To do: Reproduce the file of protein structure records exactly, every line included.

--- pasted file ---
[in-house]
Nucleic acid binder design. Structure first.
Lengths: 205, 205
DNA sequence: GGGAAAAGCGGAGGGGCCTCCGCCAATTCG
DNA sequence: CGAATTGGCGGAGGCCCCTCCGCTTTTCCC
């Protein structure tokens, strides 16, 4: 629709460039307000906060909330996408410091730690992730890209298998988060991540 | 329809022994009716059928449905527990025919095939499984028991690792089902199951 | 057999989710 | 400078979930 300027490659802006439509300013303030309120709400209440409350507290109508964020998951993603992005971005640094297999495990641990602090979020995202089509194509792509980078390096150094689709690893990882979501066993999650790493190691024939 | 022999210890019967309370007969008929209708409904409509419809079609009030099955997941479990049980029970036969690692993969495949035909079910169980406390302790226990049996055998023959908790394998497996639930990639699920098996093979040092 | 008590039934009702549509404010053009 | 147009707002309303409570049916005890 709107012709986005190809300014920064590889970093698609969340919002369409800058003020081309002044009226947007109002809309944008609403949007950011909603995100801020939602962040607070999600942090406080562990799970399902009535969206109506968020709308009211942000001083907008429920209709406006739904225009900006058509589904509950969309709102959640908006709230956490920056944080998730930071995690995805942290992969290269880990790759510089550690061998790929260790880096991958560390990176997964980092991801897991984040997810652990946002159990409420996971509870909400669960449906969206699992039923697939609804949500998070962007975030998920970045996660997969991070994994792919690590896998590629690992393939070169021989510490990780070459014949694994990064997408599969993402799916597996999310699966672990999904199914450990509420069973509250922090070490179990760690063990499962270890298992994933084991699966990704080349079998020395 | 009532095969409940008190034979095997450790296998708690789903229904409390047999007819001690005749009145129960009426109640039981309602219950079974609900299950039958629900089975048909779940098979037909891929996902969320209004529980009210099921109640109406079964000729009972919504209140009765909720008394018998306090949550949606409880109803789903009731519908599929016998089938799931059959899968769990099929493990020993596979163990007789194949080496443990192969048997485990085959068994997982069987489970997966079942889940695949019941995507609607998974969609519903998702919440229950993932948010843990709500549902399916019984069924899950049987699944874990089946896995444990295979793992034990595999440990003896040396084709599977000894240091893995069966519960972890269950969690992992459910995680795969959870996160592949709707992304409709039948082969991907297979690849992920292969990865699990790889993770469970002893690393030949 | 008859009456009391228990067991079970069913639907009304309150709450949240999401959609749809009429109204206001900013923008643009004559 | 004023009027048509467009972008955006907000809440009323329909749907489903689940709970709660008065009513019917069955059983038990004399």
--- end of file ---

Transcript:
[in-house]
Nucleic acid binder design. Structure first.
Lengths: 205, 205
DNA sequence: GGGAAAAGCGGAGGGGCCTCCGCCAATTCG
DNA sequence: CGAATTGGCGGAGGCCCCTCCGCTTTTCCC
């Protein structure tokens, strides 16, 4: 629709460039307000906060909330996408410091730690992730890209298998988060991540 | 329809022994009716059928449905527990025919095939499984028991690792089902199951 | 057999989710 | 400078979930 300027490659802006439509300013303030309120709400209440409350507290109508964020998951993603992005971005640094297999495990641990602090979020995202089509194509792509980078390096150094689709690893990882979501066993999650790493190691024939 | 022999210890019967309370007969008929209708409904409509419809079609009030099955997941479990049980029970036969690692993969495949035909079910169980406390302790226990049996055998023959908790394998497996639930990639699920098996093979040092 | 008590039934009702549509404010053009 | 147009707002309303409570049916005890 709107012709986005190809300014920064590889970093698609969340919002369409800058003020081309002044009226947007109002809309944008609403949007950011909603995100801020939602962040607070999600942090406080562990799970399902009535969206109506968020709308009211942000001083907008429920209709406006739904225009900006058509589904509950969309709102959640908006709230956490920056944080998730930071995690995805942290992969290269880990790759510089550690061998790929260790880096991958560390990176997964980092991801897991984040997810652990946002159990409420996971509870909400669960449906969206699992039923697939609804949500998070962007975030998920970045996660997969991070994994792919690590896998590629690992393939070169021989510490990780070459014949694994990064997408599969993402799916597996999310699966672990999904199914450990509420069973509250922090070490179990760690063990499962270890298992994933084991699966990704080349079998020395 | 009532095969409940008190034979095997450790296998708690789903229904409390047999007819001690005749009145129960009426109640039981309602219950079974609900299950039958629900089975048909779940098979037909891929996902969320209004529980009210099921109640109406079964000729009972919504209140009765909720008394018998306090949550949606409880109803789903009731519908599929016998089938799931059959899968769990099929493990020993596979163990007789194949080496443990192969048997485990085959068994997982069987489970997966079942889940695949019941995507609607998974969609519903998702919440229950993932948010843990709500549902399916019984069924899950049987699944874990089946896995444990295979793992034990595999440990003896040396084709599977000894240091893995069966519960972890269950969690992992459910995680795969959870996160592949709707992304409709039948082969991907297979690849992920292969990865699990790889993770469970002893690393030949 | 008859009456009391228990067991079970069913639907009304309150709450949240999401959609749809009429109204206001900013923008643009004559 | 004023009027048509467009972008955006907000809440009323329909749907489903689940709970709660008065009513019917069955059983038990004399």